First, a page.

David Knevel may be a longtime Philadelphia Eagles fan, but he doesn’t have a burning desire to start his NFL career with his favourite team.
The Nebraska Cornhuskers’ offensive lineman is eligible for selection in the 2018 NFL draft, which begins Thursday in Arlington, Texas, and runs through Saturday. Knevel, of Brantford, Ont., would readily play for any team that signs him but admits donning the Eagles’ colours would feel a little odd.
“I’ve thought about that a lot,” he said. “Even though they’re my favourite team, I don’t know if I want to play for my favourite team because there’s kind of a mystical component to it.
“To be honest, though, any team that wants me I’ll go to. I’m not really nitpicking or anything like that.”
Knevel fondly remembers becoming an Eagles fan.
“It’s been since I got Madden (video game) in 2005,” he said. “I picked the Eagles and the first time I played, I think it was against my brother, I returned a kickoff for a touchdown.
“I remember thinking, ‘Wow, that’s a good thing.’ Since then I’ve kind of stuck with them and they’ve been my favourite team.”
Knevel has been projected as a fourth- or fifth-round selection in some mock drafts but could also sign an NFL contract as a priority free agent. He started 13 of the 31 games at Nebraska after redshirting in 2013.
Knevel appeared in a career-high 10 games in 2016 and started Nebraska’s ’17 season opener before missing three games due to injury. Knevel returned to play in seven of the Cornhuskers’ final eight games, starting the last two contests of the year.
Nathan Shepherd of Ajax, Ont., is expected to be the first Canadian drafted. The six-foot-five, 315-pound Fort Hays State University defensive tackle is projected as a second- or third-round selection.
“He’s kind of a rare guy from a height, weight, speed perspective,” NFL draft guru Mike Mayock said of Shepherd. “I think, a worst-case scenario, a second-round talent but he might drop to the third round just because it might take a little while to get something out of him because he’s so raw.”
It’s been a whirlwind off-season for Shepherd, who suffered a fractured hand at the Senior Bowl but still attended the NFL combine. Shepherd also visited 10 teams and conducted nine private workouts, doing both for the Dallas Cowboys, Atlanta Falcons and Arizona Cardinals.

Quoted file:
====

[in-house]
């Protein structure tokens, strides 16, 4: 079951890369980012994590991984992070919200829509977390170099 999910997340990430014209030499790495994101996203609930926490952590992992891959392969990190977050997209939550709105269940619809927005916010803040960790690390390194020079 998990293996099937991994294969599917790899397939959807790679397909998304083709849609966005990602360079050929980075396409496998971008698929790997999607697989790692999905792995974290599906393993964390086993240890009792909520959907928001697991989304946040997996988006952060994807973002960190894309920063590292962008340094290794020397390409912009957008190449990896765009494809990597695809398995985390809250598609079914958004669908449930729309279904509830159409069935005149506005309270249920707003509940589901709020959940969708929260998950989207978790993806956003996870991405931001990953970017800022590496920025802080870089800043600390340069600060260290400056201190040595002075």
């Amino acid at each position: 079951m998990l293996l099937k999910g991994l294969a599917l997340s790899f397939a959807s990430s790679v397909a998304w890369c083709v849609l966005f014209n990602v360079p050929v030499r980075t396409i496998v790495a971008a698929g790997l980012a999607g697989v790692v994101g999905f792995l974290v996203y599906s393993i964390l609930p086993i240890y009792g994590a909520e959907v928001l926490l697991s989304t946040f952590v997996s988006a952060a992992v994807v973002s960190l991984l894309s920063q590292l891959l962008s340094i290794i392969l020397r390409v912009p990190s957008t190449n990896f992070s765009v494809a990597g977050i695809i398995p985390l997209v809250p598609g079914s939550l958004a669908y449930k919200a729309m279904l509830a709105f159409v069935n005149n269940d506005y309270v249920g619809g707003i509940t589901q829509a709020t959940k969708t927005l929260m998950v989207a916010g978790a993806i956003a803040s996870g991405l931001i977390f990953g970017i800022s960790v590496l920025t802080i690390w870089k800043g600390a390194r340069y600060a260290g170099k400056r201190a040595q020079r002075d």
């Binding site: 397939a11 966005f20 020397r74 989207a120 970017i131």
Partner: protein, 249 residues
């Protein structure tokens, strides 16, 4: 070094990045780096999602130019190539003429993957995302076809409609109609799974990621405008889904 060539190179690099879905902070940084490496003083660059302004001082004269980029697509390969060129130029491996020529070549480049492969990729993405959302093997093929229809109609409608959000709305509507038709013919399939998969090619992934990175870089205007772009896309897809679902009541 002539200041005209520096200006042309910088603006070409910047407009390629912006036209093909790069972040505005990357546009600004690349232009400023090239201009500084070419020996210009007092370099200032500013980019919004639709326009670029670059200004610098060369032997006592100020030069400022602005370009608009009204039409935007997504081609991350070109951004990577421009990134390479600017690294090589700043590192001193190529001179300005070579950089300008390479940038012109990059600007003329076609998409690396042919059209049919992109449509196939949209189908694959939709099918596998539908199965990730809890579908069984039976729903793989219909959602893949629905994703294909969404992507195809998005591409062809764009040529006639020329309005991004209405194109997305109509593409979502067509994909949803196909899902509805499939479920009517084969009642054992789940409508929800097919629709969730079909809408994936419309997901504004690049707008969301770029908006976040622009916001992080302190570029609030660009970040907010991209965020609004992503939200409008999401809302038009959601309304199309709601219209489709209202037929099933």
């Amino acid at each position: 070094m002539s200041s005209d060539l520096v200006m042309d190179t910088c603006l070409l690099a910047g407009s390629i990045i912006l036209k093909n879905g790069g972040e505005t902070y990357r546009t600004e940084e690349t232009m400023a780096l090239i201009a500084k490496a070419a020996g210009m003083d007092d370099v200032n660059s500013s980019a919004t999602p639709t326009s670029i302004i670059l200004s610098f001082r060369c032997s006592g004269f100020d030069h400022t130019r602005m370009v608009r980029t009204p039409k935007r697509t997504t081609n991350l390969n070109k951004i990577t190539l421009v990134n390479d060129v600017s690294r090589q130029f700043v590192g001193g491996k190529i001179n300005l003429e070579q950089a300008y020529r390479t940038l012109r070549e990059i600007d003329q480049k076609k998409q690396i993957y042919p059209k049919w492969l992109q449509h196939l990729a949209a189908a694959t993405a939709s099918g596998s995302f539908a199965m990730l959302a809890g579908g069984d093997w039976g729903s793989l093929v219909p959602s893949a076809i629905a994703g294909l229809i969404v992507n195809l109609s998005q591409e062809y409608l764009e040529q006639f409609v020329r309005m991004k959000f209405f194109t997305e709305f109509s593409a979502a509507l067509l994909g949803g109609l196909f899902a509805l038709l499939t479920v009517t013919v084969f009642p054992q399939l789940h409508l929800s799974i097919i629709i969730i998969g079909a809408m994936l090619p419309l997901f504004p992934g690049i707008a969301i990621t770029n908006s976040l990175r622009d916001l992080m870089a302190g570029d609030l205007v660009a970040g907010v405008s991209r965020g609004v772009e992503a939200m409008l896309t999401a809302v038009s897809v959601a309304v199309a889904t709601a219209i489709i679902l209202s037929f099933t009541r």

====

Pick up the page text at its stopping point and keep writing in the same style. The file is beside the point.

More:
Dallas and Arizona were also among 16 NFL teams that watched Shepherd perform at Fort Hays State University’s pro day in March.
Shepherd registered 38 tackles (12.5 for loss) and four sacks to earn Mid-America Intercollegiate Athletics Association defensive player of the year and NCAA Division II All-American honours last season. Shepherd also helped the Tigers (11-0) win their first MIAA title.
Other Canadians who could also garner NFL attention include offensive linemen Ryan Hunter of Bowling Green, Trey Rutherford of UConn and Alberta’s Mark Korte as well as Central Michigan receiver Mark Chapman. The Hamilton Tiger-Cats own Shepherd’s CFL rights but Knevel, Hunter, of North Bay, Ont., Rutherford. of Markham, Ont., Korte, of Spruce Grove, Alta., and Chapman – whose mother is Canadian – are all considered solid prospects for the league’s May 3 draft.
When they’re selected will depend on if they sign NFL deals beforehand.
Hunter is projected as either a late-round NFL selection or priority free agent. He worked out for both the Montreal Alouettes – who have the CFL draft’s first overall pick – and Detroit Lions and says he’s had telephone conversations with 15 to 20 U.S. clubs.
“If teams are calling then it means they’re definitely interested,” he said. “You just don’t know the interest level and no matter what they say, things change in the draft.
“It’s so unpredictable. You just have to sit and be patient.”
However, that’s often easier said than done.
“For someone who’s not very patient, it’s not easy,” Hunter said. “We’re working on patience.”
The NFL draft caps an arduous off-season for players that includes countless workouts, testing and interviews. There’s also the months of uncertainty regarding their football futures.
“In the beginning when you start training you’re excited, you’re fired up but as you get closer to that date, time starts to move slower,” Hunter said. “The waiting game is what makes it seem so much longer than it is.
“I love training, I love doing the workouts, interviews, getting on board with coaches. But, yeah, I’ll be excited once the weekend comes . . . that way you know at least the first part of your journey and where you’re going. Hopefully when my phone rings it will get the ball rolling.”